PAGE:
Even as Occupy Wall Street protesters are decrying the grip of big business on America, they are causing angst for some small business that are well within the 99 percent: The New York food carts and tourist stands that surround Zuccotti Park. And while the occupation has been compared to the Arab Spring and Tahrir Square, the mostly Egyptian kebab cookers and breakfast sellers who are losing their livelihoods aren’t too sure.
Zizi Elnagouri, a voluble native of Alexandria, Egypt, has spent five years selling pastries on the corner of Cedar and Broadway. She whirled her hands as she spoke, flapping her apron to make a point. “From the beginning of this, we lost all our business,” she lamented. Elnagouri took matters into her own hands, venturing out into the square to tell the occupiers “we are out of business.” Some were glad and others sympathetic. But Zizi was shocked. “I couldn’t believe they were American. Do you see how they look? What they are wearing? I don’t believe. This must be the Third World!” Zizi is accustomed to well-fed New Yorkers in suits, not people begging for free doughnuts. “Sometimes they buy coffee it depends on who gives them money. I feel sad for them. It’s hard for Americans to start the day without coffee.” But although she said the destitution in the square reminded her of the Third World, the occupation didn’t strike her as another Tahrir. “We were fighting for a big, big thing: for life, to eat, against a giant snake that would kill us.” Unsurprisingly, she employs a smart breakfast metaphor: “Here, they’re not fighting to eat, say, regular bread, but special bagels or something.”
Magdy, who runs a halal cart and grins when he gets nervous, asked that his last name be kept anonymous; he was afraid for his operating license. Magdy moved from Cairo two years ago and, in his opinion, “all this is not much like our revolution.” Magdy had a question for me. “Are these people for real? Do you know?” I asked him what he thought. “I don’t know. I have no idea what these people want. But they aren’t buying.” Business has “not been good” since the occupation came to town. As we spoke, an occupier came up and started yelling slogans outside. He rolled his eyes and turned away.
The most outwardly angry of the Egyptians was John, also from Alexandria, who specializes in falafel (very good, spicy falafel). He’s been working on Cedar Street for ten years and told me last week, “This is terrible business. I hope they get the money they’re protesting for, then they can give me some.” Today, he was more explicit. “I don’t want them here. They don’t buy, they get food inside. Now I need money from the government.” He hinted that he had lost his temper with occupiers before, but wouldn’t go into details.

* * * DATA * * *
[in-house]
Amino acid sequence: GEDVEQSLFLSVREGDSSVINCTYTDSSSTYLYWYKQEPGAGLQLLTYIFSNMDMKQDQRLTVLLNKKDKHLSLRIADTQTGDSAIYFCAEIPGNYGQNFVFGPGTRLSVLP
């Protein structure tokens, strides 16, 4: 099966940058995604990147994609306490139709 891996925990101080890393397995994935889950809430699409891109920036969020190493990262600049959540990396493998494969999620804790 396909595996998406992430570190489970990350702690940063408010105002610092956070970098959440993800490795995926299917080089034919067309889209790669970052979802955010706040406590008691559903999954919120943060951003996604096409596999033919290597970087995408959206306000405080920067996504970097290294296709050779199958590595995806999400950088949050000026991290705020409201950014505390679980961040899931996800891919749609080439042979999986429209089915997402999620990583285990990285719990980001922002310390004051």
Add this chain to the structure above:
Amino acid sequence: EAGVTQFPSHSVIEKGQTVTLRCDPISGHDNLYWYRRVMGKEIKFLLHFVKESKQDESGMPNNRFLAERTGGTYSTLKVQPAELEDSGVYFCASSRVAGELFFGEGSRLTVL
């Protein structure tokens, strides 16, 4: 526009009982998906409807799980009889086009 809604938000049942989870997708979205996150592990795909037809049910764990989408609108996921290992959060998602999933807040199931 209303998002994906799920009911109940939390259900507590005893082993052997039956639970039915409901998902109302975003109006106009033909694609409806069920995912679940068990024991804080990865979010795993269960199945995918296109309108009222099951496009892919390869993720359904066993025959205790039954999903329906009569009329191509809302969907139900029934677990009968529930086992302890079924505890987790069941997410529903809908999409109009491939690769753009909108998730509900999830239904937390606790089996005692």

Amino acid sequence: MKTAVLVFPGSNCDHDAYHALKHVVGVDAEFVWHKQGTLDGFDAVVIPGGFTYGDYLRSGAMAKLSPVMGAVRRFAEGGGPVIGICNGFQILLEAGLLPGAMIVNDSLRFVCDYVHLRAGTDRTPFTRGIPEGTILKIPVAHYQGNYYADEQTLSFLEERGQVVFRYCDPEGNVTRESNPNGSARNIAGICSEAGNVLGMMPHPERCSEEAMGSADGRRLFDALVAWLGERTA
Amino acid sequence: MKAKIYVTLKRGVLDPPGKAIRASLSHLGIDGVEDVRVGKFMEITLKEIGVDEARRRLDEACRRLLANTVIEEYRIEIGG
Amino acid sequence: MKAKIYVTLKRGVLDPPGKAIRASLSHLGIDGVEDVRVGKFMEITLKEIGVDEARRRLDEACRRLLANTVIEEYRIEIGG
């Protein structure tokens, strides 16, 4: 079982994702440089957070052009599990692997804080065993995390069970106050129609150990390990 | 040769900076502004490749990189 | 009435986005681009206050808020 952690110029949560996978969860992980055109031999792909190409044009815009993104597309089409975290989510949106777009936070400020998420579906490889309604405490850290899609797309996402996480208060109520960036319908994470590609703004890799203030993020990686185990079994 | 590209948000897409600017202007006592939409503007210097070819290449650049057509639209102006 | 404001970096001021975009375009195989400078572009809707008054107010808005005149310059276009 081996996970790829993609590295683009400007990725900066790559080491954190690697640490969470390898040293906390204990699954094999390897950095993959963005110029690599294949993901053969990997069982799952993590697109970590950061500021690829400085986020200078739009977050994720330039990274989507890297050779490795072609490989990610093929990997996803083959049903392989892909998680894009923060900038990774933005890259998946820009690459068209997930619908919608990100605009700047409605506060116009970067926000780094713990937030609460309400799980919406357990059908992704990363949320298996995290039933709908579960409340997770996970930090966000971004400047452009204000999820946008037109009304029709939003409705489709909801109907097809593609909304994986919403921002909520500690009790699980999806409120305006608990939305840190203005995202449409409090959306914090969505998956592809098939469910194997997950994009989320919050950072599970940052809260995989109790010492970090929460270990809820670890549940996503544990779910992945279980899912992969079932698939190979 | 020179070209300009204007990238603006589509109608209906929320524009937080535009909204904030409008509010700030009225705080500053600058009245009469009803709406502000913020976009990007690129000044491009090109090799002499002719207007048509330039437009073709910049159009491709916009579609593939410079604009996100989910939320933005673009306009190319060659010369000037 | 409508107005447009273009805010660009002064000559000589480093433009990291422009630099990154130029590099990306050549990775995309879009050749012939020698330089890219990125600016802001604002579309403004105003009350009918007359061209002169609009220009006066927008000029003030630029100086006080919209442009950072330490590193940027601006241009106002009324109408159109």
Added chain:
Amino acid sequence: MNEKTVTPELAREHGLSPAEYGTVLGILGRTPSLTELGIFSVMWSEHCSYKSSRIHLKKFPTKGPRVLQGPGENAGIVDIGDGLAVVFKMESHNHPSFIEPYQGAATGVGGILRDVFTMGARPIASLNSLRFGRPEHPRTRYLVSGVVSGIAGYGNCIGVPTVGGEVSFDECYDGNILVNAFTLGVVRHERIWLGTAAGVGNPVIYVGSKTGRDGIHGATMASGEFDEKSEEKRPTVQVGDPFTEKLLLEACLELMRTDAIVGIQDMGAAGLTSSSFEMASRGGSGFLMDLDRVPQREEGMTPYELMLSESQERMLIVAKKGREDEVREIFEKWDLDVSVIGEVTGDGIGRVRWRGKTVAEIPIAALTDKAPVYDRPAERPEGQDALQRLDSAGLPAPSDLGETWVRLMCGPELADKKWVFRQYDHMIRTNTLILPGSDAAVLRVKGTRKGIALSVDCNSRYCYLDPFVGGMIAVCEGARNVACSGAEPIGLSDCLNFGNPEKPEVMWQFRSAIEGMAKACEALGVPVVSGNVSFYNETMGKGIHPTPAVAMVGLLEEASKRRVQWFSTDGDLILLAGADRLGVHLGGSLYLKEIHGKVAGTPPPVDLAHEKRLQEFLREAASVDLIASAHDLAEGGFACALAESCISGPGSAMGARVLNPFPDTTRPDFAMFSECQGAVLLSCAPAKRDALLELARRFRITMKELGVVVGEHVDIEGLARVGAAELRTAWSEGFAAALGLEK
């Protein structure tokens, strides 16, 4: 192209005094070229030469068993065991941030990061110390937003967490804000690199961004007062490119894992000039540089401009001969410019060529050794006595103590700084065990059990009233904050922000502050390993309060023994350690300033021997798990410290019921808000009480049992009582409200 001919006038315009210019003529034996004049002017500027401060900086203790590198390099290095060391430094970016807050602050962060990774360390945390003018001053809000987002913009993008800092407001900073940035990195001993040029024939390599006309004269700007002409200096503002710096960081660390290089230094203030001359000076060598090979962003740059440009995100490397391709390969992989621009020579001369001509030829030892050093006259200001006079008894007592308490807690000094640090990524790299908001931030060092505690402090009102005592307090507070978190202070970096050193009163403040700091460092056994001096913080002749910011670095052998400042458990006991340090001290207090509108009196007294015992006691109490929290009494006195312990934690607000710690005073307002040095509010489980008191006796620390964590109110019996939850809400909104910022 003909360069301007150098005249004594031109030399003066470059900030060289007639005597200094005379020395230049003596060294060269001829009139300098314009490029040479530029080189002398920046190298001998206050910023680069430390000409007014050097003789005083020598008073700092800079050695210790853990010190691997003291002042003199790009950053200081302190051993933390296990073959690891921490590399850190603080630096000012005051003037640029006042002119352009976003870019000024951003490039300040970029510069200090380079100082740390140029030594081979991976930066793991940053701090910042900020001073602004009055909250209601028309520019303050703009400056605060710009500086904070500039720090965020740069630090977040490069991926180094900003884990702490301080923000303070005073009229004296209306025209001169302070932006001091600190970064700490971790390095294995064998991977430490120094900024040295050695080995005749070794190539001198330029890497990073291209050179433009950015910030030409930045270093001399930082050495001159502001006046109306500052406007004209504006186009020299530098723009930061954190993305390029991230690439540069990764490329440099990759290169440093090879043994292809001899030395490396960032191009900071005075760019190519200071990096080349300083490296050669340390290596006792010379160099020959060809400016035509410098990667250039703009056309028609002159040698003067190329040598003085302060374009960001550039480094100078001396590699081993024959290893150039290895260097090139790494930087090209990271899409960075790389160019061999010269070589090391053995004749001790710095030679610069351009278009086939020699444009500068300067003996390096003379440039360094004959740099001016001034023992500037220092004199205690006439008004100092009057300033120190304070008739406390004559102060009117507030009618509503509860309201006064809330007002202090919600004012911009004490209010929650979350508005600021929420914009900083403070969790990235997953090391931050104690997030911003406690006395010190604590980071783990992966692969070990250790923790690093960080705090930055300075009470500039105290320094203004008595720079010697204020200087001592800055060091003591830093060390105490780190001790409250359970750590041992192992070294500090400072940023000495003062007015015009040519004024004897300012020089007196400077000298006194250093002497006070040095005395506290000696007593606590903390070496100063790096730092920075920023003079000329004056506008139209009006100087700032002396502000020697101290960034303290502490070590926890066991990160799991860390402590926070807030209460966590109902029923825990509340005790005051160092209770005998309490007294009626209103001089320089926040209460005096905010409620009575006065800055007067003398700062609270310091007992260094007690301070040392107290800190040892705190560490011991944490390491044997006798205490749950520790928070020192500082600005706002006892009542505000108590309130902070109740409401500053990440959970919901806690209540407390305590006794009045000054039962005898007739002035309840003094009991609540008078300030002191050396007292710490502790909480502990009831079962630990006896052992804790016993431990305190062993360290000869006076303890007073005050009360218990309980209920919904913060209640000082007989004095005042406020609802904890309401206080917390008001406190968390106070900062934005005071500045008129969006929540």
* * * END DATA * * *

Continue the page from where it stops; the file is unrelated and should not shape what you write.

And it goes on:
In the crush of the park, it’s difficult to move the carts from place to place at the beginning and end of the day. For Ahmed and Mustafah Abed, both New Yorkers, this means an all-night hot-dog vigil. “We can’t leave. People are sleeping in the park, so if we leave, we can’t bring our cart back in,” said Ahmed. His father, another Egyptian immigrant, has owned the stand on the corner “since before they built the World Trade Center.” But now, his sons have had to join on permanently to keep the family business alive. Though they sympathize with the occupation’s aims, Ahmed says their stand has lost most of its old customers. “I support what the protesters are saying but man, this is bad.”
It’s not just the Egyptians. According to Maria Fernandez, who works at Panini and Co., “business is very bad, less people are coming in.” They’ve also had problems with occupiers messing up their bathroom. Juan, another New Yorker, sells tourist trinkets on the far corner of the square; he asked his last name be kept private for licensing reasons. “Business is down since they got here,” he told me last week. “They should really find something else to do.” He still has his old stock of brass, Wall Street bull replicas on the table: a tough sell with this crowd.
This post has been edited from an earlier version.